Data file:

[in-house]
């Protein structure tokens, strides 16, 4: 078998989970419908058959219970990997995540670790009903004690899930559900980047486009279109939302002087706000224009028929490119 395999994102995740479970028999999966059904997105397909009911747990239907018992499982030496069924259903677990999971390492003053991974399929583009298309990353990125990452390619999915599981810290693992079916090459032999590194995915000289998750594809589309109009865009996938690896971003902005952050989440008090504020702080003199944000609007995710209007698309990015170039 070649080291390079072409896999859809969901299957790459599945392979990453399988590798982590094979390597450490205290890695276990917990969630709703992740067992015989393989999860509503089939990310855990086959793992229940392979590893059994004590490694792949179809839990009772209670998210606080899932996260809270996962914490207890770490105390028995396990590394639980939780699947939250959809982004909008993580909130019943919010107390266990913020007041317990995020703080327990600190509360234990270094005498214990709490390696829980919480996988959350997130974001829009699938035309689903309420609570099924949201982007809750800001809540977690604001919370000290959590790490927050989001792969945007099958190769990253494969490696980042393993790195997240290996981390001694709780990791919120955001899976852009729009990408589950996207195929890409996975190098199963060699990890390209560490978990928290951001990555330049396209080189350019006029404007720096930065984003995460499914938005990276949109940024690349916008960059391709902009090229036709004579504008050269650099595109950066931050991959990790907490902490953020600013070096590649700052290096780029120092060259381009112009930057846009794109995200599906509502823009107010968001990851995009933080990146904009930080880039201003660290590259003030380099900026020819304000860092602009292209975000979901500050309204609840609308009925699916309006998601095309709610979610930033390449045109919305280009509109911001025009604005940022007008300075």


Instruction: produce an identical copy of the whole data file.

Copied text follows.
[in-house]
């Protein structure tokens, strides 16, 4: 078998989970419908058959219970990997995540670790009903004690899930559900980047486009279109939302002087706000224009028929490119 395999994102995740479970028999999966059904997105397909009911747990239907018992499982030496069924259903677990999971390492003053991974399929583009298309990353990125990452390619999915599981810290693992079916090459032999590194995915000289998750594809589309109009865009996938690896971003902005952050989440008090504020702080003199944000609007995710209007698309990015170039 070649080291390079072409896999859809969901299957790459599945392979990453399988590798982590094979390597450490205290890695276990917990969630709703992740067992015989393989999860509503089939990310855990086959793992229940392979590893059994004590490694792949179809839990009772209670998210606080899932996260809270996962914490207890770490105390028995396990590394639980939780699947939250959809982004909008993580909130019943919010107390266990913020007041317990995020703080327990600190509360234990270094005498214990709490390696829980919480996988959350997130974001829009699938035309689903309420609570099924949201982007809750800001809540977690604001919370000290959590790490927050989001792969945007099958190769990253494969490696980042393993790195997240290996981390001694709780990791919120955001899976852009729009990408589950996207195929890409996975190098199963060699990890390209560490978990928290951001990555330049396209080189350019006029404007720096930065984003995460499914938005990276949109940024690349916008960059391709902009090229036709004579504008050269650099595109950066931050991959990790907490902490953020600013070096590649700052290096780029120092060259381009112009930057846009794109995200599906509502823009107010968001990851995009933080990146904009930080880039201003660290590259003030380099900026020819304000860092602009292209975000979901500050309204609840609308009925699916309006998601095309709610979610930033390449045109919305280009509109911001025009604005940022007008300075």